Networking

Configuring Client Systems for TCP/IP

In a TCP/IP network, there are several settings to configure to enable a client system to access peer and server services. Configuring a client system for TCP/IP can be a relatively complex task, or it can be simple. Any complexity involved is related to the possible need to configure TCP/IP manually. The simplicity is related to the fact that TCP/IP configuration can occur automatically via DHCP. Brief explanations of the IP related settings used to connect to a TCP/IP network follow:

  • IP address Each system must be assigned a unique IP address so that it can communicate on the network.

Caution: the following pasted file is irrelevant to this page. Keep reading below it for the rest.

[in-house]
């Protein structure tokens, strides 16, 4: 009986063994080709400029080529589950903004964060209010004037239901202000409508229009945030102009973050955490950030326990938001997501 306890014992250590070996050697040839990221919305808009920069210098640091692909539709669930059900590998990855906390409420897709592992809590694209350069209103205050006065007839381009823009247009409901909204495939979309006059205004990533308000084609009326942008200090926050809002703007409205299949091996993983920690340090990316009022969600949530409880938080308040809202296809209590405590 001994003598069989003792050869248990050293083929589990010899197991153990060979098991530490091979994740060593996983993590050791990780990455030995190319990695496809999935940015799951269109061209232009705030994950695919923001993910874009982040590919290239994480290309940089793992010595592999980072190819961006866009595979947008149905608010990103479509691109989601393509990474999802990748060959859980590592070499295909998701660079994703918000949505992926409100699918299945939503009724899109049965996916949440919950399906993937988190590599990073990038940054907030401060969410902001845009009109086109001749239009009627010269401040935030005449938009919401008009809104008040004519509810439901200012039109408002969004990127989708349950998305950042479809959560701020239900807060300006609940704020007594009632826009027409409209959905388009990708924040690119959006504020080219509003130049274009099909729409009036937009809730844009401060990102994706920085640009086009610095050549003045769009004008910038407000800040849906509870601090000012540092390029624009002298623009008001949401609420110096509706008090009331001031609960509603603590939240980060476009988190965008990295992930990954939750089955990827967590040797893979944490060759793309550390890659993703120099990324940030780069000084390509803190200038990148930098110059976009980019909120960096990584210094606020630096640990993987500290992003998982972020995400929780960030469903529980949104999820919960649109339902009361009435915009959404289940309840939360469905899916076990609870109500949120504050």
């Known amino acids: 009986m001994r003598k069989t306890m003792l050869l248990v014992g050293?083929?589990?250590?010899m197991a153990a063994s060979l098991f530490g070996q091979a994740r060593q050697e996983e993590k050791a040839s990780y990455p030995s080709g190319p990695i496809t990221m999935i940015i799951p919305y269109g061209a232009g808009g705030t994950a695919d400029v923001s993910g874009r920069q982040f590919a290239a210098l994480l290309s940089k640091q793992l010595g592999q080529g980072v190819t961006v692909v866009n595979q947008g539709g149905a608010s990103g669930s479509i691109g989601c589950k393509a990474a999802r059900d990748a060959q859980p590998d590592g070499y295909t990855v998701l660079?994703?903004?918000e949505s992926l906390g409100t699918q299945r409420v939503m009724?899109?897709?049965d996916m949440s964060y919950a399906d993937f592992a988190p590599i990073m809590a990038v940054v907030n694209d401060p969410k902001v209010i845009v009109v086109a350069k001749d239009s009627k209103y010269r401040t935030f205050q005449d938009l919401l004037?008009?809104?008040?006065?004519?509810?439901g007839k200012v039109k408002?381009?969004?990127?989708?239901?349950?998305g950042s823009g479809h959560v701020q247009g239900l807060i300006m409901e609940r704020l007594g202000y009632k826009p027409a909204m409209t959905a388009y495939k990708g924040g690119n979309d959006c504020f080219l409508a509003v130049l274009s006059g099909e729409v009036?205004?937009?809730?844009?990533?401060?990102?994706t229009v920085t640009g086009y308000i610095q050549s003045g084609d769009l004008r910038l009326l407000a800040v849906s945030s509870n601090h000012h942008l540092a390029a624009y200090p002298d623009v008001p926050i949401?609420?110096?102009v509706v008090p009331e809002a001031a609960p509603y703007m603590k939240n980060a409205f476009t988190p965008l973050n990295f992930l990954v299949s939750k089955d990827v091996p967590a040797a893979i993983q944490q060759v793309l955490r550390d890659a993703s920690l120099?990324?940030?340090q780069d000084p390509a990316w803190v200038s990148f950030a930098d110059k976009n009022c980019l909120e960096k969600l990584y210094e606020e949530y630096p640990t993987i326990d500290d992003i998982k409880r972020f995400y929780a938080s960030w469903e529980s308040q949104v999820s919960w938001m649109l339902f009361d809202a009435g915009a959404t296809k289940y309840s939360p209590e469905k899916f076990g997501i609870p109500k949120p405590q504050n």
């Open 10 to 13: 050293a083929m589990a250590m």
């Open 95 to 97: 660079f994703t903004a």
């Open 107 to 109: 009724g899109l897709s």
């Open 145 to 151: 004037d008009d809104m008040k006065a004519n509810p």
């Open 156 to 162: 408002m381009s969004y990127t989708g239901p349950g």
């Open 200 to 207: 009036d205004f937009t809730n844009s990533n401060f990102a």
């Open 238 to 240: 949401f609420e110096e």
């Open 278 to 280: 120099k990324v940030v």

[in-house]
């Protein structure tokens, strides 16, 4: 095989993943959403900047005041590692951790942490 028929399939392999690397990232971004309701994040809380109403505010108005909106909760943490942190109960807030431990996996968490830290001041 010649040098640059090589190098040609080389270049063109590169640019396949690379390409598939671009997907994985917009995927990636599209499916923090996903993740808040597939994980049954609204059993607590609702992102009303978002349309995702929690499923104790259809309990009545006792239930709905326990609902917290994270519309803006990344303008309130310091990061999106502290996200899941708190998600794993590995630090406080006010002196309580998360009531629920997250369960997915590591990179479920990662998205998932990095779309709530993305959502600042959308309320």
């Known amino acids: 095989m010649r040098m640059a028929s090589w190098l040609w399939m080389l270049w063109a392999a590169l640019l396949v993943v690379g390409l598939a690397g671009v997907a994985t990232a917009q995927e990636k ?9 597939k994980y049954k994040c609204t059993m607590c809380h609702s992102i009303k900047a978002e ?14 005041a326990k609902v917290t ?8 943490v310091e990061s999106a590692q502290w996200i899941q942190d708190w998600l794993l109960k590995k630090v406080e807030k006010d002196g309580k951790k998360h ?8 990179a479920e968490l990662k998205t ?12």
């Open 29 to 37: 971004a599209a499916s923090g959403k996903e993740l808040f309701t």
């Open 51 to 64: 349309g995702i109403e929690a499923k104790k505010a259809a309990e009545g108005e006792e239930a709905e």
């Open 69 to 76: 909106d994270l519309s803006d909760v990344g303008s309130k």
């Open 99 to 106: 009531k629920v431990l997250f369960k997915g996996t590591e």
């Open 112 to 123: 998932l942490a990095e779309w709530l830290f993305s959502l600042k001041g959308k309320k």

• Subnet mask The subnet mask enables the system to determine which portion of the IP address represents the network address and which portion represents the node address.

  • Default gateway The default gateway enables the system to communicate with systems on a remote network, without the need for explicit routes to be defined.

  • DNS server addresses DNS servers enable dynamic hostname resolution to be performed. It is common practice to have two DNS server addresses defined so that if one server becomes unavailable, the other can be used.

  • WINS server addresses A WINS server enables Network Basic Input/Output System (NetBIOS) names to be resolved to IP addresses. As with DNS servers, it is common practice to enter two WINS server addresses to provide a degree of fault tolerance.

by BrainBellupdated
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